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THE WAY WE WERE

FROM KING FEATURES SYNDICATE
BY BOB FRANKEN

THE WAY WE WERE

It was 1973 when the hit movie “The Way We Were” was released, starring Barbra Streisand and Robert Redford as an unlikely couple with divergent political beliefs and backgrounds. It came with a haunting title song, sung by Streisand.
While most of us wouldn’t want to “light the corners of my mind” with recent memories — unless you’re into nightmares — if it were to be remade about the current political climate, it would be called “Maga,” another way of saying “the way we were.”
Redford would definitely not be playing any of the main characters. Donald Trump, after dominating the twisted plots and subplots for so many years, has been written out of the script, although he is resisting mightily. Despite their statements of support for the Donald’s futile efforts, the couple really trying to recall their relationship of so many years ago would be Joe Biden and Mitch McConnell.
That would make some risky assumptions. It would suppose that Trump had exhausted all of his various subterfuges and had been dragged kicking and screaming out of the executive mansion, the one he renamed Mara White House. It would also hypothesize that McConnell would maintain his position as the opposition’s majority leader of the Senate — a likely prospect, because any other scenario would assume the Democrats had been successful in both Georgia runoff elections to choose the state’s U.S. senators. Given the Democrats’ track record, that would be far-fetched.
The likelihood is that President Biden and Sen. McConnell will resume playing “Let’s Make a Deal,” a throwback to the good old days of the Swamp, when they were both Swamp Creatures.
“Can it be that it was all so simple then? Or has time rewritten every line?”
True, time has rewritten every line. Now so many lines appear as Twitter or Facebook misinformation — actually, let’s call them what they are: lies. But still, it is worth a try to achieve what’s necessary to rescue America, by returning to some good old-fashioned give-and-take. “Compromise” isn’t necessarily a profane word and McConnell and Biden helped write the book on negotiation.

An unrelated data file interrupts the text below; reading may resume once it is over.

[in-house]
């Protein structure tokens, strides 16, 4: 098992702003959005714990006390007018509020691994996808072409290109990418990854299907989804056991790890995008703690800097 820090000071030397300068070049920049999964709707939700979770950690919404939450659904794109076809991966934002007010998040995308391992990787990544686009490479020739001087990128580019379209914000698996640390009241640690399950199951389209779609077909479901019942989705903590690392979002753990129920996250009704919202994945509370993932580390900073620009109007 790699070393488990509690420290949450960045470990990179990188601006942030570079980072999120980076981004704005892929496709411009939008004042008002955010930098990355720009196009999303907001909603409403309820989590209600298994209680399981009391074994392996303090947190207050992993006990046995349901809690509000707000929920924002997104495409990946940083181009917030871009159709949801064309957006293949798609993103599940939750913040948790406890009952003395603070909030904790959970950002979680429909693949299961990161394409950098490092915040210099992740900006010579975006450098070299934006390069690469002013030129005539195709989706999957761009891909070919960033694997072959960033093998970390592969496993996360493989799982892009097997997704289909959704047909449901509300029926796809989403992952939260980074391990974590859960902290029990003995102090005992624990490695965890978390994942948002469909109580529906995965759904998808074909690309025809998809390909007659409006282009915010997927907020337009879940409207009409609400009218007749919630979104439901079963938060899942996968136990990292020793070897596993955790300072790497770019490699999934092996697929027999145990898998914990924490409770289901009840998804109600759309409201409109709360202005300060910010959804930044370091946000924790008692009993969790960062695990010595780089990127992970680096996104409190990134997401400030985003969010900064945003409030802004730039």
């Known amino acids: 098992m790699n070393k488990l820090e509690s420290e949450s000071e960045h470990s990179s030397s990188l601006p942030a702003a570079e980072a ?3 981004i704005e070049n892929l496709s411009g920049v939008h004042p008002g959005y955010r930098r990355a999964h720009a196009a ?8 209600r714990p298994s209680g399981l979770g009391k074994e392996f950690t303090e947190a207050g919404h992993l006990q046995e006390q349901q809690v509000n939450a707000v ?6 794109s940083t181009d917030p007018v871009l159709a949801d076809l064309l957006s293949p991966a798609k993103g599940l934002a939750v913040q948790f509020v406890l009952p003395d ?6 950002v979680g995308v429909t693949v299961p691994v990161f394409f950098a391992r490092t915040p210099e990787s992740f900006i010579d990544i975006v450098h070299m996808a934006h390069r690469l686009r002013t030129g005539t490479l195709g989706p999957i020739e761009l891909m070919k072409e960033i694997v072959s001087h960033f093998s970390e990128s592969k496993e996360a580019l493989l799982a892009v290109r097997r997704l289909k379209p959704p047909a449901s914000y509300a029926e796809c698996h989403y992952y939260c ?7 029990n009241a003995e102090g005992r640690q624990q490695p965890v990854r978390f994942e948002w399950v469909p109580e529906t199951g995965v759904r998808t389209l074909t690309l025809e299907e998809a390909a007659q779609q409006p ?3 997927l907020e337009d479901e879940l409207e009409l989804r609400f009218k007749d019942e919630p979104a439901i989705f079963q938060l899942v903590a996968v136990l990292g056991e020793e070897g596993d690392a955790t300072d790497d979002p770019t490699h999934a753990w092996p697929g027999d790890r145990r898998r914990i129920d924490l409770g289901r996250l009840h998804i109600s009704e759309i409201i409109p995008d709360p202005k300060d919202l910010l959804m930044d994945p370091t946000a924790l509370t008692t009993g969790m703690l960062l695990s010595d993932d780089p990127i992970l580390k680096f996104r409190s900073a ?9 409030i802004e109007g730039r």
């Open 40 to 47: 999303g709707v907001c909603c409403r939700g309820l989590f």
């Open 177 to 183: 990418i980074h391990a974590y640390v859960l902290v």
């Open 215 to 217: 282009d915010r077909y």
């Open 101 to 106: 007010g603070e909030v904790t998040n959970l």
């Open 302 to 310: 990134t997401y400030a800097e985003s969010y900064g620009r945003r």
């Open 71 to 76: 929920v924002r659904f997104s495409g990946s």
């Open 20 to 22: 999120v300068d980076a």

That’s not a book written by an amateur like Trump, even though he had the bestseller “The Art of the Deal” ghost-written for him, which is really akin to “The Idiot’s Guide to Negotiation.” There are reasons why President Trump failed miserably when he tried to bargain with Congress, to say nothing of those sharpies on the international stage.


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Mitch and Joe know how the back room game is played. Back in late 2012, when Biden was vice president in Barack Obama’s administration and McConnell was still the Republican leader in the Senate, the United States was about to welch on its debts. The two warring parties were locked in intransigence over raising the borrowing limit. The U.S. faced the calamity of not being able to pay its financial obligations. It would be the first time in history that the country defaulted.
At the last minute, McConnell reached across party lines and made a phone call to Biden. Both had honed their skills with decades of Senate experience together. So when McConnell dialed from his Capitol office to Biden in the White House, all he had to say was, “Does anyone down there know how to cut a deal?” They certainly did, and a few hours later, the nation had been rescued at the last minute from mortification.
Will these two 78-year-olds be able to gloss over the extreme antagonisms that have paralyzed our country, built up over the ensuing decades and exacerbated by Donald Trump’s demagoguery? Or is it too late? Will Trump’s sludge, as he plots a comeback and still manages to confuse his misled 70 million supporters, gum up the works, making governing impossible? Is the United States of America trapped in that abyss, inevitably falling into just historical memory?
As Marilyn Bergman, Allen Bergman and Marvin Hamlisch’s title song “The Way We Were” puts it:
“If we had the chance to do it all again, tell me, would we, could we?”
Can we?

© 2020 Bob Franken
Distributed by King Features Syndicate, Inc.

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This page contains a single entry from the blog posted on November 10, 2020 6:51 AM.

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